Loans: How Much do Students Really Borrow for Private Schools?

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Bluemirage

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I was doing some research into the cost of attendin prestigous private schools like Washington University, Duke, Vanderbilt, Emory etc. They all have student tuition fees of $30,000 + (not including books and student stationary/computer supplies!) Each school claims that the average debt carried by students for 2003 was like $97,000....very difficult to believe!! Especially if you do not have rich parents to give you money for medical school, married and have to fund it yourself through loans and personal savings.

I would like to ask everyone who has had personal experience with this or knows someone who does to comment on how much they actually borrowed over the 4 years in medical school, at one of these private schools. I figured in order to live ok I would need to borrow between $160,000 to $180,000....that is an absurd amount of debt!
 

Adapt

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The budgets for most private schools now are about 50K a year. I plan on borrowing everything so if you figure 4 years plus interest, by the time I graduate I will be about $230K in debt and after residency $260K in debt. Welcome to medical school.
 

bokermmk

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Schools often give you "average debt". This is the average of everyone in the class including people whose parents pay, those that receive scholarships, and military folk. What you need to look at is "cumulative debt" which gives you a much more accurate estimate. For most private schools, you will come out with about 200K in debt.
 
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IrishOarsman

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LaurieB, thank you. Page 56 (11 on the pdf) is the most interesting page IMO. 27.2% of nonURM med grads with 100-150k debt. >150k between 5.5-6.3% for both groups.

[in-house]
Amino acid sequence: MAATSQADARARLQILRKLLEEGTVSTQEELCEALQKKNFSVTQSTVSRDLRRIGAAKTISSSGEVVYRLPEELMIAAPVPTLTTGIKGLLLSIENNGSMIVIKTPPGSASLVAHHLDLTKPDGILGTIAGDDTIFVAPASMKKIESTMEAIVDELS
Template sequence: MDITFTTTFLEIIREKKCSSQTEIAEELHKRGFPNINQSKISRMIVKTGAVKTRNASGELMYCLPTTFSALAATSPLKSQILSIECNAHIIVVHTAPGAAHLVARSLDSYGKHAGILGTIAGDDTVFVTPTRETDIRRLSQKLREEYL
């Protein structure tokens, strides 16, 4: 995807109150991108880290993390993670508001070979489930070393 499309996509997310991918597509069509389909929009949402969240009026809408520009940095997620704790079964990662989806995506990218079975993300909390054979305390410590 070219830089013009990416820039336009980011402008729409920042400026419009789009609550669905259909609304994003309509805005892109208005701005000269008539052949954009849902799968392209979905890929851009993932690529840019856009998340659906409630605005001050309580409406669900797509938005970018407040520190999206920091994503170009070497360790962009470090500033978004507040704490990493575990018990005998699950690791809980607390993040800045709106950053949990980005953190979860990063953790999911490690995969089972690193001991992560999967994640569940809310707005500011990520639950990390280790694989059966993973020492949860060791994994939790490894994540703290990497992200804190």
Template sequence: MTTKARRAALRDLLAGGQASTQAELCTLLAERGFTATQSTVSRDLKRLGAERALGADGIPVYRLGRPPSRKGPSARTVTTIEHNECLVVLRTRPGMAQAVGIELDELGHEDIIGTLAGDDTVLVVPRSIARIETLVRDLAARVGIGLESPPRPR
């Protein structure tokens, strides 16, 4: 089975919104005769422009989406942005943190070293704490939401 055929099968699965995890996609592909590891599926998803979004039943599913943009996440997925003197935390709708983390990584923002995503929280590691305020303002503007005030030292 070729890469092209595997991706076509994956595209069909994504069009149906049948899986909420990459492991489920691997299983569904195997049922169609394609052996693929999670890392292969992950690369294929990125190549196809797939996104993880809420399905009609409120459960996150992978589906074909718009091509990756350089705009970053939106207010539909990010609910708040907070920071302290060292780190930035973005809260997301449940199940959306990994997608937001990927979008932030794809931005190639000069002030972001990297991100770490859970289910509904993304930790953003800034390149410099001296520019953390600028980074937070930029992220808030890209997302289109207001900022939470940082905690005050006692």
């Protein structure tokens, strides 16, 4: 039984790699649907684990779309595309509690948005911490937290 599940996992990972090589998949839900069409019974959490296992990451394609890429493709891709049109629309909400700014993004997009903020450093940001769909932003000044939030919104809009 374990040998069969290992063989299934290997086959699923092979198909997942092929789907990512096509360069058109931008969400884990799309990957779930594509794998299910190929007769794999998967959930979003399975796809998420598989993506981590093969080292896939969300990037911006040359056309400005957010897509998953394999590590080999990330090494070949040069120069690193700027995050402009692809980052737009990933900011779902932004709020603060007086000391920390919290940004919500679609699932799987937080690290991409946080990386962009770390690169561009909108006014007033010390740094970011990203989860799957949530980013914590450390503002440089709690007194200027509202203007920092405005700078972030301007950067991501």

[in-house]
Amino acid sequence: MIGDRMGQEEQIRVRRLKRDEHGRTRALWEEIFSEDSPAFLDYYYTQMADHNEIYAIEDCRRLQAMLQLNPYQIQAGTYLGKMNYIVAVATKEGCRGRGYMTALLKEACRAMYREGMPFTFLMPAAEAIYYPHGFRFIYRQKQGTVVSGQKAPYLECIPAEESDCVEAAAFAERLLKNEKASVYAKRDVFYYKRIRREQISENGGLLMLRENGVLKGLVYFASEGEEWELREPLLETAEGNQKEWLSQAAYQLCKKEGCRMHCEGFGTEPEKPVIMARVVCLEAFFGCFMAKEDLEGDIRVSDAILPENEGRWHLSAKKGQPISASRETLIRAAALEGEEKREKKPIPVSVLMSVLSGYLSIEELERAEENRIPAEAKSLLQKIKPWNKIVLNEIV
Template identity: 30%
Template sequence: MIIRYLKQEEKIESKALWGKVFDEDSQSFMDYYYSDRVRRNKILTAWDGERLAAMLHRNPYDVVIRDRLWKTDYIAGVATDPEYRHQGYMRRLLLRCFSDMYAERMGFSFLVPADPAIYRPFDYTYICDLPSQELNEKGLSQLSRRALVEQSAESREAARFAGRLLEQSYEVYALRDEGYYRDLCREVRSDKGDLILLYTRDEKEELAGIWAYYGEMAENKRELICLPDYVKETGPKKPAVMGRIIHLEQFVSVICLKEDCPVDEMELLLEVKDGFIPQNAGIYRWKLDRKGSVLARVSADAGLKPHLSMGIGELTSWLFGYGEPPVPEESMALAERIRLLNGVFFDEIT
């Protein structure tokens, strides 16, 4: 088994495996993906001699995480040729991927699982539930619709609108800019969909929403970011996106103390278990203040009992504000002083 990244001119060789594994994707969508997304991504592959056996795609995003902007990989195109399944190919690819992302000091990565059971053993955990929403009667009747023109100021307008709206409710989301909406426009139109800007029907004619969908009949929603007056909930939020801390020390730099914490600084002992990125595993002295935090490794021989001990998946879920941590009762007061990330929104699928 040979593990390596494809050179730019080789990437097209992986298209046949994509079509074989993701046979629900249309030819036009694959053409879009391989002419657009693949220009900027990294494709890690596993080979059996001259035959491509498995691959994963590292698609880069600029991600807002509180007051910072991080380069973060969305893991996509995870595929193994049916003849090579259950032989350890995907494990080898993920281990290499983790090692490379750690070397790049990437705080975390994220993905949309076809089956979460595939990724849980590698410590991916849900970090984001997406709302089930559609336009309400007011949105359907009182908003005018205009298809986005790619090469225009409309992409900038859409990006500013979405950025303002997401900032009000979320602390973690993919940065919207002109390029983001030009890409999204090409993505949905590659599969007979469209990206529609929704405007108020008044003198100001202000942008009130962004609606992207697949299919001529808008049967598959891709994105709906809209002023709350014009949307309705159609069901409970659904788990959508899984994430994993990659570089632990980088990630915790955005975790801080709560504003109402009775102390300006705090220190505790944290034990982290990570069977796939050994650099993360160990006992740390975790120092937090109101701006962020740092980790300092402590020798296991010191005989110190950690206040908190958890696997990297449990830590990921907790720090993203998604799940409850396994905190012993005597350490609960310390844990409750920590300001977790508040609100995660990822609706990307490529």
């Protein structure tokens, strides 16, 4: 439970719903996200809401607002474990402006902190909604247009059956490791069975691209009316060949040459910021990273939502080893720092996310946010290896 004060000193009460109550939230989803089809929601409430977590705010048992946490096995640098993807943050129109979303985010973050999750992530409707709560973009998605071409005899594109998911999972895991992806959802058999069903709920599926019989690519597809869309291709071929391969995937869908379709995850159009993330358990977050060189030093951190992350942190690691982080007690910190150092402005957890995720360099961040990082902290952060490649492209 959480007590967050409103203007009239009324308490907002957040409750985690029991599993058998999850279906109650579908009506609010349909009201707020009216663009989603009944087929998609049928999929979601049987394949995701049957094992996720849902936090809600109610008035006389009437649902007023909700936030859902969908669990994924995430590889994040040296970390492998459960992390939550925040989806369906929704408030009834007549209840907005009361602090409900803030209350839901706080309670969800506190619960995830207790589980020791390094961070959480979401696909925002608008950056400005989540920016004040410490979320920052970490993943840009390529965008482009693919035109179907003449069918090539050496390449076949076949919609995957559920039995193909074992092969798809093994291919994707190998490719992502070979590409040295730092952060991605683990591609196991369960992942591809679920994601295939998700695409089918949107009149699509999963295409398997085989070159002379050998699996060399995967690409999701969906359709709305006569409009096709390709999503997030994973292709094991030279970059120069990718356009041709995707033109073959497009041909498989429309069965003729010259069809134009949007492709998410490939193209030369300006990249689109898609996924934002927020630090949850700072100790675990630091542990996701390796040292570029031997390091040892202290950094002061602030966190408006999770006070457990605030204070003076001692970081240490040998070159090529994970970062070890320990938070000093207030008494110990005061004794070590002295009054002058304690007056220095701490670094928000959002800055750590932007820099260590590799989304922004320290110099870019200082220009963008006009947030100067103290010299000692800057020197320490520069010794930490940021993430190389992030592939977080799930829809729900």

Essentially, to address the original poster, it is very hard to calculate what your personal debt will be. Why? B/c your debt will be different at each school and you have a unique financial situation. Until the financial aid awards come in, there is no telling. Most med schools are pretty up front about it: if your estimated family contribution is low enough, grants can be found to reduce the total debt. If your dad can pay for all of it (accd. to the federal government) - and he won't - then you're SOL.
 

drlexygoat

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Originally posted by IrishOarsman
Most med schools are pretty up front about it: if your estimated family contribution is low enough, grants can be found to reduce the total debt. .

I don't know what private school you talked to, because I was never clued in on this. I'm looking at a private school with a 51k/yr budget and have a pretty low EFC. Their financial aid office never said anything (or their info) about the govt paying down my debt. I was just wondering where you got this info (not trying to be snotty)/
 

IrishOarsman

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Hey dr goat,

No, I totally understand. Actually, the schools I was/am most interested had standing programs where they would actively reduce your loan load above your EFC. Ie, if your EFC was 5k, costs 60k, leaving 55k for loans, they would offer to meet 10k of the loans (some %). Other plans I was told about during interviews included debt caps: once your academic loans for medical school exceed 120k (just an example), they would either offer no-interest, highly deferrable loans or straight out grants.

I'm sorry if I was misleading. I guess only my earlier point that it differs from school to school stands. I would make sure to ask straight out if there are any need-based funds(aside from federal loans) available at the schools you are interested in. Now that I think hard about it, not everyone mentioned them but those that did had them.
 

LaurieB

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Not all schools advertise this in their financial aid seminars, but most schools do have grant $ and special loans to soften the blow a bit. You should call the financial aid admin at schools you're interested in to find out what $ they have available.
 

turtlepower

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How is debt leftover from undergrad or other previouys education treated when medical schools are calculating financial aid? For example, if a student has substantial educational debt already, is that ignored and the new debt just added on top creating the potential for unmanageable debt, or, would more grants be given?

Is it possible to graduate with $300K+ in debt if you borrowed to pay for undergrad or a grad degree?
 

Amy B

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I don't know how they could graduate with only $97,000 for 4 years. I guess maybe for a public school.

I know I will be getting $29,000 for tuition and $23,000 to live on each year.
 
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